“Wait a minute!” you say. “Valentine’s Day is over. Shouldn’t you have written about love  last week?”

Yes. And no.

You see, love isn’t something to celebrate only on Valentine’s Day, wedding days, or anniversaries. Love should be celebrated every day, every minute, every second of the year—with every breath you take.

“What a romantic!” you think—and you’re right.

Romantic love, though, is only one kind of love. The kind of love I’d like to address today is the everyday kind of love. The kind we miss if we aren’t paying attention.

There are more ways of showing love than sending flowers, giving chocolate, murmuring sweet nothings, and buying overly expensive cards because we can’t put into words the feelings that are deep in our hearts.

Here are four simple ways to show someone you love them. Since I love acrostics, I’ll use the word T-A-L-K.

2017-02-16-11-43-37First, take time for them. No matter how busy you are, stop what you’re doing and give them your attention. Now, I know we need to set boundaries, but sometimes we set those boundaries too close, too tight, and push away the very ones we want to draw near.

Too often during the time I spent with my children when they were little, I was thinking of what I should have been doing, what I was going to do next, etc. I wasn’t giving them my undivided attention. I don’t make that mistake with my grandchildren. When they come, it’s Grandma Time and out come the games and the teapot.

Look up Psalm 90:12 and reflect on TIME.

great_job_post_it-resized-600The second way is to show appreciation. Notice the little things they do. Say thank you. I know how unappreciated I feel when I make dinner and someone has to find something wrong with it (too hot, too cold, too bland, too spicy, or “different”).

“Let everything you say be good and helpful, so that your words will be an encouragement to those who hear them” (Ephesians 4:29).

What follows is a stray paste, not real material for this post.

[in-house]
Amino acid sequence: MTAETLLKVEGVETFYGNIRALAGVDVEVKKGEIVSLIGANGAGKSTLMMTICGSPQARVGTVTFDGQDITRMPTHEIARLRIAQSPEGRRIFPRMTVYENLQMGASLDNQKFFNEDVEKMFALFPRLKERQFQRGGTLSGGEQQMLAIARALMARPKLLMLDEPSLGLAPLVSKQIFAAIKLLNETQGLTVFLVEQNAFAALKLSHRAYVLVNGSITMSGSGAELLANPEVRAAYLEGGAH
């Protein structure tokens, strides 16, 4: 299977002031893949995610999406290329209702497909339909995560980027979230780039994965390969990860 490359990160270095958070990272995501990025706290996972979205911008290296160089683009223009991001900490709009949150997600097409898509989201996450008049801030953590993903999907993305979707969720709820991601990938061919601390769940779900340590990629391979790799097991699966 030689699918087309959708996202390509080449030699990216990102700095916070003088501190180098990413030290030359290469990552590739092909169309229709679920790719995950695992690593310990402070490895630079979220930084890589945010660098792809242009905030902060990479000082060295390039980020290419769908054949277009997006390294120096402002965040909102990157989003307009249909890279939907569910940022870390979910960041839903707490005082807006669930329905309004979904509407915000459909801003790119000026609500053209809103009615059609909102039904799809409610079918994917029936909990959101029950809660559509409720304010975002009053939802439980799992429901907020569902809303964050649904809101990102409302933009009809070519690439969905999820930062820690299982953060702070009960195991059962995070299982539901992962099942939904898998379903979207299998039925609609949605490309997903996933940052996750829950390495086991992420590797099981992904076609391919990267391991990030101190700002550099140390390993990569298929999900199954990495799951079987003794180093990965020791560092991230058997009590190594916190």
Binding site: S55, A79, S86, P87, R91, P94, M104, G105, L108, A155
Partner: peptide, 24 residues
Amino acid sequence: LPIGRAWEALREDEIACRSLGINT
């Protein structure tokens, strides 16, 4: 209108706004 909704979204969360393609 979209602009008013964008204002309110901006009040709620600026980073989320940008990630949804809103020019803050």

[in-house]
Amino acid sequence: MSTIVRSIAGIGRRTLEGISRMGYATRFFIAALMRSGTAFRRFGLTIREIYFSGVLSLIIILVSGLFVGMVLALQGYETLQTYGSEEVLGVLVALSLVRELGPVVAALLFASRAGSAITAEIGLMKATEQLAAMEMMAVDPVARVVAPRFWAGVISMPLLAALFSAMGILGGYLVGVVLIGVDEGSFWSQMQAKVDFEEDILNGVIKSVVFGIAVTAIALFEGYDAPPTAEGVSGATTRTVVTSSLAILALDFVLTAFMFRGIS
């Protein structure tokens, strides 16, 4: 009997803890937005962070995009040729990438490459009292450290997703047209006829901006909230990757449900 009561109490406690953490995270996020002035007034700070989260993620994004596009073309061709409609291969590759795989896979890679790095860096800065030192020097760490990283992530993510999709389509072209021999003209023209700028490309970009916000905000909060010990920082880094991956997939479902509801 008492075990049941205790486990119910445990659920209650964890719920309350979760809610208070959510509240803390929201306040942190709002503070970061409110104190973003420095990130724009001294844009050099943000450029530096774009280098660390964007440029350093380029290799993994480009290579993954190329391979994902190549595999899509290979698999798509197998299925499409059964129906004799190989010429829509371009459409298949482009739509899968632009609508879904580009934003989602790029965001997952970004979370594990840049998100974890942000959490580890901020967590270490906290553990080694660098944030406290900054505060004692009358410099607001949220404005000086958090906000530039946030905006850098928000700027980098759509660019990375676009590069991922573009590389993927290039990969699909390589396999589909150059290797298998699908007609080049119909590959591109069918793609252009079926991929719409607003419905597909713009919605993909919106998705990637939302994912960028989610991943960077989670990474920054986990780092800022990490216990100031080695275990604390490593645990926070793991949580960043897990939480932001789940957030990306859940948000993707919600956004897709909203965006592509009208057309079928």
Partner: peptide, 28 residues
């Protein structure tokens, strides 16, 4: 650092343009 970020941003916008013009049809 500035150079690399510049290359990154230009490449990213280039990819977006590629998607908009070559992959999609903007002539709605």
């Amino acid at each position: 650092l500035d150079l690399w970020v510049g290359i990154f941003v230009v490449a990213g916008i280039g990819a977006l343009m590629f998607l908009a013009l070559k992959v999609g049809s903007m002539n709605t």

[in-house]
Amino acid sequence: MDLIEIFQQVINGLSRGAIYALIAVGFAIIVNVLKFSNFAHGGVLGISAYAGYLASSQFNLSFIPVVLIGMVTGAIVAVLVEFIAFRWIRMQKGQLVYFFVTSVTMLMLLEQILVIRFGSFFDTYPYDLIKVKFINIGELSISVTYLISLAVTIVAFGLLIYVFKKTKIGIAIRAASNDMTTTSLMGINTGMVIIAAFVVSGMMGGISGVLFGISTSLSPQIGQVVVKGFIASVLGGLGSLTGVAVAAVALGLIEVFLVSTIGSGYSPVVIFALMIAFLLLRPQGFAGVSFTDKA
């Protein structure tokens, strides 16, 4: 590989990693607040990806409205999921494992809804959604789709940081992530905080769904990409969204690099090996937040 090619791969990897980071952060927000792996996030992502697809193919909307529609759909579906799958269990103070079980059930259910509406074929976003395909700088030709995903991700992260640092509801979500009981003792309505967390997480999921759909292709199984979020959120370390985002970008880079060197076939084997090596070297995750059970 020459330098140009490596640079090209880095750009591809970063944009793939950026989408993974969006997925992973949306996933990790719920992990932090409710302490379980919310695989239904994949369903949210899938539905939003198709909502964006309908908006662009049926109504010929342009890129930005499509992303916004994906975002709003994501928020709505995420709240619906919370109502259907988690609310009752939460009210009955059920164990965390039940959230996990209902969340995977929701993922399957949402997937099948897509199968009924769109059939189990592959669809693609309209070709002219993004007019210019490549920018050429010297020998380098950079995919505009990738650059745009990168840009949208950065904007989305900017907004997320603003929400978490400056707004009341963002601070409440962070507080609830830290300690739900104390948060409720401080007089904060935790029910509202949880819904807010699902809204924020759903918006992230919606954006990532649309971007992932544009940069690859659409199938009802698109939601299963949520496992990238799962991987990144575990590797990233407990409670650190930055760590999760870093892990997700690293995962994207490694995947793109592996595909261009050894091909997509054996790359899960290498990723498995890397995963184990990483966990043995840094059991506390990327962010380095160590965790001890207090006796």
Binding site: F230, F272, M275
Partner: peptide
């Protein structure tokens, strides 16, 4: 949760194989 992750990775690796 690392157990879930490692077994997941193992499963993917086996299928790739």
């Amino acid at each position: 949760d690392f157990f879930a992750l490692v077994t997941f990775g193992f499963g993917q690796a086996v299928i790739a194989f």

Remember the words of Mother Teresa: “There is more hunger for love and appreciation in this world than for bread.”

listen-with-your-heart-tee-shirt_designThe third way is to listen. Once again, give that person your undivided attention. Don’t be half-listening and half-thinking of what you’re going to say when they’re finished talking. Listen to understand, not to reply. Most times that person doesn’t want answers or for you to fix whatever is wrong. They simply want someone to listen to their heart. So listen with yours.

And remember: you have two ears and one mouth. The Amplied Version of James 1:19 notes that you should “be a careful, thoughtful listener.”

I love what Frank Tyger said: “Be a good listener. Your ears will never get you into trouble.”

hersheys-kissAnd finally, demonstrate your love by showing kindness. Intentional kindness. Do little things—a chore that person usually does (like making the bed or loading/unloading the dishwasher). Put a note in his/her lunch. I like to put a Hershey’s kiss on Dean’s pillow when I go to bed. I’m usually asleep when he comes to bed, so that’s my goodnight kiss for him. He doesn’t like chocolate, though, so he puts it up on the bookshelf. When I make the bed the next morning, I enjoy it (I love chocolate!). That’s kindness going two ways.

“Be gentle with one another, sensitive” (Ephesians 4:32 The Message).

Once again, I quote Mother Teresa: “Let no one ever come to you without leaving better and happier. Be the living expression of God’s kindness.”

So, tell me, how do you T-A-L-K?

Father, never let me pass up a chance to let others know I love them. Amen.

Read and meditate on 1 Corinthians 131 John 4:7–21

(c) 2017 Michele Huey. All rights reserved.